As part of this study, eighteen dogs and wolves were selected to characterize microbiota composition using multi-group sequencing analysis. The wolf is now listed on the International Union for Conservation of Nature and Natural Resources endangered species list of threatened species36. Over the last number of centuries, the wolf has been one of the most widely distributed animal species in the world31, 37. However, the population of this species has rapidly declined and is currently threatened by habitat loss and hunting practices. For all this, scientists will continue to work hard to explore the protection mechanism38. Wolves are independent and are able to adapt to the environment. However, its independent and adaptation mechanisms are unknown. At present only semi-artificial, semi-wild, and bowel disease is a significant aspect of health. All of this needs to be solved. Intestinal microbes are part of a complex ecosystem. They have a mutual relationship with the host and play an essential role in maintaining the host’s health. Following a comprehensive analysis of multi-group sequencing data, this report reveals the composition of the wolf fecal microbiota while also describing factors that influence this composition. This study will provide valuable basic data that should help in efforts related to the future conservation of wolves.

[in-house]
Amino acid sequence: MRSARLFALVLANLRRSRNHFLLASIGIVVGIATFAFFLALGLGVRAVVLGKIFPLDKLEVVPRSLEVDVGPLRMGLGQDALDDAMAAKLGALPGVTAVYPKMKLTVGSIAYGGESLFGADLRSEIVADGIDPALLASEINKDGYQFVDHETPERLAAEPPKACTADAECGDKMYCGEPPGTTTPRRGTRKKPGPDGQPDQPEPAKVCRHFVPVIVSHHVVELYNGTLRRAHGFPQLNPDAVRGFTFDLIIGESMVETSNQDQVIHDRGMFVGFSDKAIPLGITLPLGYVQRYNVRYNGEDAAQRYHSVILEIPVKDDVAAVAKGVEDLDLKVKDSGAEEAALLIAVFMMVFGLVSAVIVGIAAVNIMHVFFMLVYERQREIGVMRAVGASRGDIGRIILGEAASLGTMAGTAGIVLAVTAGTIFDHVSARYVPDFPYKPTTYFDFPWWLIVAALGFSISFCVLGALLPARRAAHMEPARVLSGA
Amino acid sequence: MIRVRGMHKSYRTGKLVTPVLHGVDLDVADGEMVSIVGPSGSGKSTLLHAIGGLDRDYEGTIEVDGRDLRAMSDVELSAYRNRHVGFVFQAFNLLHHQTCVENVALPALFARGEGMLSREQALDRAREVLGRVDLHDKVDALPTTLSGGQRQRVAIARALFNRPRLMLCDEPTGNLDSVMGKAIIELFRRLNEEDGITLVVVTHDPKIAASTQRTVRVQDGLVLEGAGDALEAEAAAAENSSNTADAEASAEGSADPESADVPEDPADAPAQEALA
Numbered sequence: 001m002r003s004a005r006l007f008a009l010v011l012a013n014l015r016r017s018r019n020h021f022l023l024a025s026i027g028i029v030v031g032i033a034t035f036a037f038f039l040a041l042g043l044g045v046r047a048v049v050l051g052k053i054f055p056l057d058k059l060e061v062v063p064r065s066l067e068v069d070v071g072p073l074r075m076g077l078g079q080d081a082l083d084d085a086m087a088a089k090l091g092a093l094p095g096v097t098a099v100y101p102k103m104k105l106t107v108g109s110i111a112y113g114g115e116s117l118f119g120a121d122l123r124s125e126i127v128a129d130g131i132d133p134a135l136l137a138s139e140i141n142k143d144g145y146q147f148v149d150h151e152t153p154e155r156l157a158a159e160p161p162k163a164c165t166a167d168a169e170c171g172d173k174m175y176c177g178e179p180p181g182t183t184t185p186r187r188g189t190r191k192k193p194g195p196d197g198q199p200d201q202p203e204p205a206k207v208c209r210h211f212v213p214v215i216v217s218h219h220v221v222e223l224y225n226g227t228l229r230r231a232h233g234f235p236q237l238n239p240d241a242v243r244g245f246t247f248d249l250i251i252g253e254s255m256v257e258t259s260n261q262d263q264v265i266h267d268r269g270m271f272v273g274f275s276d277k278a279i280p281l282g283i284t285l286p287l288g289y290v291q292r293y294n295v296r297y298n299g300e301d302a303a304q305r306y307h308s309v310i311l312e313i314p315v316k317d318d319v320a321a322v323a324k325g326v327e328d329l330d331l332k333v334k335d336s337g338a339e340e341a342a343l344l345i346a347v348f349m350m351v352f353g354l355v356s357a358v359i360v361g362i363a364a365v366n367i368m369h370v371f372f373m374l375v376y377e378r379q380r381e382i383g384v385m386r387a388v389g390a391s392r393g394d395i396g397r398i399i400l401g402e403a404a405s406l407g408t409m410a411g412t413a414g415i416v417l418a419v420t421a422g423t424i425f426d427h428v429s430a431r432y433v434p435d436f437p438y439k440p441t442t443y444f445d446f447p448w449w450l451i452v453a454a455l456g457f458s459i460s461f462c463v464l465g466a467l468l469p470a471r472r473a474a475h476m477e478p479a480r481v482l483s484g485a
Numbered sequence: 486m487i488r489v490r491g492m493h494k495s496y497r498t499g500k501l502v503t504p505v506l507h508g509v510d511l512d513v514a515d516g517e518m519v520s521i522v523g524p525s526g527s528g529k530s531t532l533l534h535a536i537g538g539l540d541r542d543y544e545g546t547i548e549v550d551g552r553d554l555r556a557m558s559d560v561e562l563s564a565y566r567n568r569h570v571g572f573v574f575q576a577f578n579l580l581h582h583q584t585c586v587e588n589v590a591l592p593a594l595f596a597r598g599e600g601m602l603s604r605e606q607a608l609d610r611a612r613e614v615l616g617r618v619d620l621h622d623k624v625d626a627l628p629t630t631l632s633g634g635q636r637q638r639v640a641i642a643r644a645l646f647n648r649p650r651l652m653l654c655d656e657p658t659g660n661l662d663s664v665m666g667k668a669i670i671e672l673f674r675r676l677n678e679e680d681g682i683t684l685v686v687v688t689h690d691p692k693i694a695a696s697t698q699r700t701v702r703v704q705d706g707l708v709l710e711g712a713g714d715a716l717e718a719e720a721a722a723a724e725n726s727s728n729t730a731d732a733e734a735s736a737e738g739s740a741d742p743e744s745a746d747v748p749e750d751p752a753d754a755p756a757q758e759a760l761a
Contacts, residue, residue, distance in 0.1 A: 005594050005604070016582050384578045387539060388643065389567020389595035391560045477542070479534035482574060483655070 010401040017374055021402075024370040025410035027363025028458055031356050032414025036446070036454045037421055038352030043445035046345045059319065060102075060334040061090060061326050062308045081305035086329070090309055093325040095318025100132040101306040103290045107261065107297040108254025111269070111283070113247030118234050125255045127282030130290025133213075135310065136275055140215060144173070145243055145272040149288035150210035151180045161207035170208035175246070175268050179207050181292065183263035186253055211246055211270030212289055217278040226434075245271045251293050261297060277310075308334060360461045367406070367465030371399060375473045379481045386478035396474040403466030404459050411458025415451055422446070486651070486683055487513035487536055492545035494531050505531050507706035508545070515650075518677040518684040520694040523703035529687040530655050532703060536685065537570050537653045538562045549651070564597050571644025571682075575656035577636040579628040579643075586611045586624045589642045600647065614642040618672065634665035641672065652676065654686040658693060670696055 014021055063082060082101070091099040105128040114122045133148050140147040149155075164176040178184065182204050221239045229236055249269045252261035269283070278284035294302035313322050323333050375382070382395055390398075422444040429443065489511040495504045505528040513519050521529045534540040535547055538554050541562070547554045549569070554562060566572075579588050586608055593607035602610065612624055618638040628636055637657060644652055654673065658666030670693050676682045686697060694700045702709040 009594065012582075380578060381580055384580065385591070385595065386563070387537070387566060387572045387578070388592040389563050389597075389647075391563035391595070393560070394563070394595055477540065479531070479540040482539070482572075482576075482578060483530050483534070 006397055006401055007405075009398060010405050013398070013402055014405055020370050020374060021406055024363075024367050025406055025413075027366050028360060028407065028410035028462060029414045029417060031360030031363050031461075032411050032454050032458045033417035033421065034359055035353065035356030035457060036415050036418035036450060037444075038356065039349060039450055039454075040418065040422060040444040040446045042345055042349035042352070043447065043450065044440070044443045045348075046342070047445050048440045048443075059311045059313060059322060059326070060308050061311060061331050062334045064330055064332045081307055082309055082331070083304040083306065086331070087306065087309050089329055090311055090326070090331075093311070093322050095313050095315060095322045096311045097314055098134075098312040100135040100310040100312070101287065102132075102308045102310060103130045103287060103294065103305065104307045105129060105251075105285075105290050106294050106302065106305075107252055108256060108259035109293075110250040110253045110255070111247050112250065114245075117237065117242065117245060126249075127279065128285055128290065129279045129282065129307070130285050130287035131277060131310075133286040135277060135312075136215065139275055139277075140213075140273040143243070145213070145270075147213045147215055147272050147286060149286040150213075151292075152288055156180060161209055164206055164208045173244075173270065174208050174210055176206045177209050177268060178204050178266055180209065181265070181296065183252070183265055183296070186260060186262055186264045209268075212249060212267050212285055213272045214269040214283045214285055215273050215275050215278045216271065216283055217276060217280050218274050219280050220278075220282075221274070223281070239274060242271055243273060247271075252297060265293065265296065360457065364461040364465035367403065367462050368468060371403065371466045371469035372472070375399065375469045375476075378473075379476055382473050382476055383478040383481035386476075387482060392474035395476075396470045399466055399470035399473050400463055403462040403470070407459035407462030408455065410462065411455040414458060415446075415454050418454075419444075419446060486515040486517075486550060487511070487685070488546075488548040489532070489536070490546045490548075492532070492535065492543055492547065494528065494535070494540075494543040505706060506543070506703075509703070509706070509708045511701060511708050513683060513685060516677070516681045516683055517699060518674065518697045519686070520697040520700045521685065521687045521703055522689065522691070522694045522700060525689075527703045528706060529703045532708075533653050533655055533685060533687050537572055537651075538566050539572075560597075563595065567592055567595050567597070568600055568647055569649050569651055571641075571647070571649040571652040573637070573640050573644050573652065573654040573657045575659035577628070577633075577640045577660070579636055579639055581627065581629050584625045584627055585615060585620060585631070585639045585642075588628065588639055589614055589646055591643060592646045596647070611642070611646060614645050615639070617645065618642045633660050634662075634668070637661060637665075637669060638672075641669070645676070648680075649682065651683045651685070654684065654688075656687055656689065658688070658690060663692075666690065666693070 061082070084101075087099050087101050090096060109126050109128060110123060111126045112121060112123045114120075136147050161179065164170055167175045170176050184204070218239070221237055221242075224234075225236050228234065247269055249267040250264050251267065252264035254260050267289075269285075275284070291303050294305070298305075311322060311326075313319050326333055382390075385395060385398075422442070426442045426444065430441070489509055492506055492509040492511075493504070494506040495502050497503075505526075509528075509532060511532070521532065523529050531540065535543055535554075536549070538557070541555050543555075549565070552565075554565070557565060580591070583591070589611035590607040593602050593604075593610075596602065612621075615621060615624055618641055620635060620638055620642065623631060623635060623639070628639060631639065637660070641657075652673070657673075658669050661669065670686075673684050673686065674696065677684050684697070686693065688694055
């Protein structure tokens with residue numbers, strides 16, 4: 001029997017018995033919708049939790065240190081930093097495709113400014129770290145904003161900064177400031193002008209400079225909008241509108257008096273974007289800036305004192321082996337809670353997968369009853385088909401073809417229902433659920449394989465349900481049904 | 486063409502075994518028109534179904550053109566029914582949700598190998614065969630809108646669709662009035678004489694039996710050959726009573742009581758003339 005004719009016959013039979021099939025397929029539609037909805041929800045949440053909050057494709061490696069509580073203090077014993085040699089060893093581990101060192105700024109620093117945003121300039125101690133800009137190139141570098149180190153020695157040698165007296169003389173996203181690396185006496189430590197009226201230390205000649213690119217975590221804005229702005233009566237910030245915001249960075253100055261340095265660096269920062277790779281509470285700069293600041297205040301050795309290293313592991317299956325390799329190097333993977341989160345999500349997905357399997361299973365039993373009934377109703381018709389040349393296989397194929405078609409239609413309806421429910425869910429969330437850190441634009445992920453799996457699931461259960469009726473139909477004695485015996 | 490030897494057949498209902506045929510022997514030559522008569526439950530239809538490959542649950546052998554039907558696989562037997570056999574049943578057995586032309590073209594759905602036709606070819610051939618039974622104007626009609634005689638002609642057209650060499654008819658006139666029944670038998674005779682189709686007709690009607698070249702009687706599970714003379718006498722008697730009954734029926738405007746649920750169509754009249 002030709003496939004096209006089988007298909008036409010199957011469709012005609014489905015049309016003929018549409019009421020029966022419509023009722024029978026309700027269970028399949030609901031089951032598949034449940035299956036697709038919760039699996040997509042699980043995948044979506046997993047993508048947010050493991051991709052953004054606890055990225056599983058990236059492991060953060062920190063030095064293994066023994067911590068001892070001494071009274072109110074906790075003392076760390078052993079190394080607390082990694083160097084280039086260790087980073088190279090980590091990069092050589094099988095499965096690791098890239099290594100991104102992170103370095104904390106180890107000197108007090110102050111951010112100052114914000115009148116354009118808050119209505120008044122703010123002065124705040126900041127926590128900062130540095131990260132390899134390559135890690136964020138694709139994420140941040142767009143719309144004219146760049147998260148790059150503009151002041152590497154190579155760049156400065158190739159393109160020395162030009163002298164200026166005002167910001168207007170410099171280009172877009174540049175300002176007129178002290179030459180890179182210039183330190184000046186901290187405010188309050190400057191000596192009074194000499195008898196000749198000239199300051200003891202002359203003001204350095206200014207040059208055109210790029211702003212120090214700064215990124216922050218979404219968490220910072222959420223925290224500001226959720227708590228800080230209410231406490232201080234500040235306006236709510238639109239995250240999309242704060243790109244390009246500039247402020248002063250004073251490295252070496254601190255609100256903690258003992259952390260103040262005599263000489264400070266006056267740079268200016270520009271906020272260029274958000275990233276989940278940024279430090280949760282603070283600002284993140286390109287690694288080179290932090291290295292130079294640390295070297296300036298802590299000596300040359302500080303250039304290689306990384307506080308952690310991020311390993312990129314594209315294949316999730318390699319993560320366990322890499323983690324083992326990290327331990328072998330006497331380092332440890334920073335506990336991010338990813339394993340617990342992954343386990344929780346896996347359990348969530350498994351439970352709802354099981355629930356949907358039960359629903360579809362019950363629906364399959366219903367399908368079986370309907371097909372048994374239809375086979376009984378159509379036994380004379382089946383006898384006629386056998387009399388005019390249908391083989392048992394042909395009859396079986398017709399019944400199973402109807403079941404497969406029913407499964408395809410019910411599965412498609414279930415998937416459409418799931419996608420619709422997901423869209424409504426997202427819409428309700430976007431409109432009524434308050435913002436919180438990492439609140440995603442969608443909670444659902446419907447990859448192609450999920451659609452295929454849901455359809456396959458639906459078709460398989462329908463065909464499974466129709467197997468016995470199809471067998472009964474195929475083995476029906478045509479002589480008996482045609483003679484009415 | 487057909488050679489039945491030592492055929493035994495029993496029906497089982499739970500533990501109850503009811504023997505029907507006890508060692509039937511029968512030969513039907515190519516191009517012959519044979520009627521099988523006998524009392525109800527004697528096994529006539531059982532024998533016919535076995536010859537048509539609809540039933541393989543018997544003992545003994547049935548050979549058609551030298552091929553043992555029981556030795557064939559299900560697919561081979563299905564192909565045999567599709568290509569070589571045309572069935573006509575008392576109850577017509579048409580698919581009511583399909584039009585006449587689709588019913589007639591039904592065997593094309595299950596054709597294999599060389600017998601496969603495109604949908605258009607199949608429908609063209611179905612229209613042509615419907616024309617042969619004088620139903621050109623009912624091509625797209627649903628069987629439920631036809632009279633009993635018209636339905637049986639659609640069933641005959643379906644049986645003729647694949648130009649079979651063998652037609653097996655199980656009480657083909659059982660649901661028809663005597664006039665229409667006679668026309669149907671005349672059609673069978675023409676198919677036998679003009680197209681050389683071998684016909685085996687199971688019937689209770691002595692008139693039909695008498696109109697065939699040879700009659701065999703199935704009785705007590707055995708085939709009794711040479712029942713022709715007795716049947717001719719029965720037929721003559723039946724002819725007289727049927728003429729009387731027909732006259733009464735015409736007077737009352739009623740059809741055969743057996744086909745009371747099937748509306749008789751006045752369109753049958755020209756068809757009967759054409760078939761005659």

From the three data sets, we obtained >50000, >100000 and >150000 raw sequences, across a total of 18 samples, respectively (Table 1). To avoid analytical variation, identical protocols, including the mothur MiSeq-SOP, were utilized. Following denoising steps, effective and unique sequences were obtained. The average numbers of unique sequences were 1916, 3339, and 4977 (Table 1). Clustering was performed using Uparse, and a total of 118, 151 and 170 OTUs were generated for the three data sets, respectively (Table 1). To explore the dominant bacterial species, the results were annotated using GraPhlAn (Fig. 1A)39.